The Introvert Girl Gang is the first place anyone ever told me that running away is easier if you’re already going somewhere. This was something experience taught me but I’d never heard it said before and I almost cried at how much it explained. This was why I shrank at the thought of vacations. This was why I hadn’t applied to more than one college — because that might mean not leaving but having to return home. Not that that’d made much difference. I went to college anyway. I ran away anyway.
A slow study in pressure. How much travel could I handle, how long could home escalate before I decided no more. It happened slow, bordering on silent, smothering magma-hot and black until I could see no horizon.
The summer I visited Mo is a blur.
Brian had been worse than ever and I had been living in a fog of flashbacks and ash. Nightmares about my teeth splitting apart in my mouth, falling flat against my rotting tongue followed me into the morning. I could always smell him and taste him and hear him breathing. Even at night the house wouldn’t quiet.
I visited Mo. I had nothing to lose.
Her mother was compassionate and rough and waited with me through panic and had no patience for my pretending at spinelessness. Her laugh was a balm for my nerves. She did not flinch at cutting away those dead things that no longer served a purpose. She was kind.
I simply could not leave again. The perfect excuse to carve out a place where I could breathe fresh air and madness and rain and remember that there is nothing quite like volcanic soil and rot for growing things.
It’s easier to run away when you’re already going somewhere. It’s easier to stay gone once you’ve planted something there.
I never left the house as a child. I do not know if this might be called agoraphobia but I had few friends and a great fear of the unknown that culminated in my only rarely escaping home.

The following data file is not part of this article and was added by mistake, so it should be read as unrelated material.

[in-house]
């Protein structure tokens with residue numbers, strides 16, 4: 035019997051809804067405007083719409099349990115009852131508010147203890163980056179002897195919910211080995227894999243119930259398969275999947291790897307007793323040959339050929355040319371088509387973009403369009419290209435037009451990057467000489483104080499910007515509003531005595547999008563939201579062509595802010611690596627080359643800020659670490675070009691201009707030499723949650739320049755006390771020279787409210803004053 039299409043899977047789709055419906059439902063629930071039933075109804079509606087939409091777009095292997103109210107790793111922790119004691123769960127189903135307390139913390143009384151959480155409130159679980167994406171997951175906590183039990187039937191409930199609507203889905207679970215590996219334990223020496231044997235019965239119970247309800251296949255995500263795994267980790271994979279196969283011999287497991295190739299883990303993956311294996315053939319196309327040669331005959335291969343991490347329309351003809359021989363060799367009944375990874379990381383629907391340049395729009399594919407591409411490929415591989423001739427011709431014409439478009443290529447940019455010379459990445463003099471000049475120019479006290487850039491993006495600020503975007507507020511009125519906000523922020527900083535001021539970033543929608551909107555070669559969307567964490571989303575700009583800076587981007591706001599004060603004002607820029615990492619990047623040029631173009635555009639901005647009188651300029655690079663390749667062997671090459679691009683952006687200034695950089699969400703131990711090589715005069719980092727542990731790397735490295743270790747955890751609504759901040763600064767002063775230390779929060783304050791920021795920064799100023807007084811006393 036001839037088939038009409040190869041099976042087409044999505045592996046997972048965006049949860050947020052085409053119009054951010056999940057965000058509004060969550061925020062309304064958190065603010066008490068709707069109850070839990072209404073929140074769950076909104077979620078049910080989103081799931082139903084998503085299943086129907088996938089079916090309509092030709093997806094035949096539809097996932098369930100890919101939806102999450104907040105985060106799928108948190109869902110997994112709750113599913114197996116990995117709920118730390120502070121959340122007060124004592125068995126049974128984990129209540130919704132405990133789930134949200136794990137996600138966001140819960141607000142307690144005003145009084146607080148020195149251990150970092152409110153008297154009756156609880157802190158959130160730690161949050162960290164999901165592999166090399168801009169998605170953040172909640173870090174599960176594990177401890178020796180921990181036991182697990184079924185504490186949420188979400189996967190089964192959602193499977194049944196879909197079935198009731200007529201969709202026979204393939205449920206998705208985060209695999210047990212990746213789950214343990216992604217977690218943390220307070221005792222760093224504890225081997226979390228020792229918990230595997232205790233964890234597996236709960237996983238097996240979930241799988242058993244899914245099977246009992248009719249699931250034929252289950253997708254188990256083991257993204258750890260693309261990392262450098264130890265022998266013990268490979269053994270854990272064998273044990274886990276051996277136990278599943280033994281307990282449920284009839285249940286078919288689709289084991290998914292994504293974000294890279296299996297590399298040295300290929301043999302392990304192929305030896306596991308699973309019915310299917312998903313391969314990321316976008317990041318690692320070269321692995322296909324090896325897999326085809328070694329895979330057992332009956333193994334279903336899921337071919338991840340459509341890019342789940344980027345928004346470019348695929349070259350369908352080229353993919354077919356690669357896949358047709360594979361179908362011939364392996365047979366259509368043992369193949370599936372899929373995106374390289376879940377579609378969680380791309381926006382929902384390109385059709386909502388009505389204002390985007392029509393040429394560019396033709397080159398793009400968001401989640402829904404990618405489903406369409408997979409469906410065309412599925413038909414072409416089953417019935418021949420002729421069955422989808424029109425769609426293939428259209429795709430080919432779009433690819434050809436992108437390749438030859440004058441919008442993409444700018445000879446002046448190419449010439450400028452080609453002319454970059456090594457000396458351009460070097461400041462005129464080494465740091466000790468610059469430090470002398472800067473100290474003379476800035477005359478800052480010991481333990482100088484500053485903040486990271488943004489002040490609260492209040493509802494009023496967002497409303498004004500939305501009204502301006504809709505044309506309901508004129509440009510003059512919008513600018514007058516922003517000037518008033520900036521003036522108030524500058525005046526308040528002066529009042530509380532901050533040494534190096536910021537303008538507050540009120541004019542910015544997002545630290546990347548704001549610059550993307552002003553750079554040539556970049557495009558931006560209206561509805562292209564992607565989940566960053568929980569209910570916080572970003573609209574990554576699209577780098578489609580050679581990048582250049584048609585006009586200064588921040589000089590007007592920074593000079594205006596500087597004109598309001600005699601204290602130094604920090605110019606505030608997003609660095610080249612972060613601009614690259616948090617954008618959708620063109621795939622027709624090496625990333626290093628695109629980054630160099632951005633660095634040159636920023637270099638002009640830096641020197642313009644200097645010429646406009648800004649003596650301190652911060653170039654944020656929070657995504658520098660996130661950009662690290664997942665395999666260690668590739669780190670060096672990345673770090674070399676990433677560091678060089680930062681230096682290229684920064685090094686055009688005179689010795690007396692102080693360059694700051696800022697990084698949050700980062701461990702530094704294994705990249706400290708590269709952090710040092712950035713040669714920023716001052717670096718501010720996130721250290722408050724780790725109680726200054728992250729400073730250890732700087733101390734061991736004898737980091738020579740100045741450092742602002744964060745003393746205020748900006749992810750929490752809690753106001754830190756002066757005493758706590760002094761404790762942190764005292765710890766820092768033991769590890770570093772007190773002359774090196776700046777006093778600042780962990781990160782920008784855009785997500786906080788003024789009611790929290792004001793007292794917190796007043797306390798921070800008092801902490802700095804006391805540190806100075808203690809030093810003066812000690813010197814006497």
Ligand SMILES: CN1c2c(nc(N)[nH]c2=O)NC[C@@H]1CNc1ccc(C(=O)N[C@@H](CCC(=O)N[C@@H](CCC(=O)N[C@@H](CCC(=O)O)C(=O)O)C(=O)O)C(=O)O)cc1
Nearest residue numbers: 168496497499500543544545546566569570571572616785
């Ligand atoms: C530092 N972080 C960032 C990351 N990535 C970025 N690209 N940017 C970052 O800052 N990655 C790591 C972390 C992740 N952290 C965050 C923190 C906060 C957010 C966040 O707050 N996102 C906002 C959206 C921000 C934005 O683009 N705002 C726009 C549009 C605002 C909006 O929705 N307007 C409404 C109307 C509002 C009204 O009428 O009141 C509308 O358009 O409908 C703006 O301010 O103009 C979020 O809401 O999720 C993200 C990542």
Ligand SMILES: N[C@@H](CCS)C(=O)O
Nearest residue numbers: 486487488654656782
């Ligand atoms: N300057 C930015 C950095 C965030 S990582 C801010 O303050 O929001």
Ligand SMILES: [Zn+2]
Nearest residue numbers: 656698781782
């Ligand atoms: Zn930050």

Simply having the fear does not mean it was mine. I held it, kept it dear and safe, I had it, but it wasn’t mine. Not at first. That would come later.
Eventually I could not be made to leave my room except to go to school or to sing… Not that I ever truly went there but worlds away on ceilings and through crosswalks to watch classes and security guards drift by between narratives of kidnapped long-lost brothers thought dead in need of rescuing, wicked and neglectful mothers, deceptive lovers traded in for Sapphic best friends and touring bands. They told me I got straight A’s, read at a post-college level, was supposed to be in the 6th grade at age 8 but couldn’t be because of the social detriment that would cause– despite never attending to a single class during these years I guess I eventually figured out that as long as I turned in work no one would be disappointed in me and I was and ever will be a whore for praise.
Of course when I changed schools at fourteen I could no longer tiptoe the tightrope of dissociation-dissent, balancing worlds blissfully between my palms, atop my crown like so many dozens of books so I kept reading– Dante Orwell Milton Huxley– while my grades plummeted to the center of the three ring circus stories below. Kicking up dust I was too high to choke on. Who needs a safety net when you’re convinced you won’t fall in the first place?
I remember I was constantly bored. Moored in reality. Knee-deep in the muck of it, sanguine silt sticking thick between my toes slowing me down for years making me talk to peers, teachers, people I could not consider my friends because they were all imbeciles.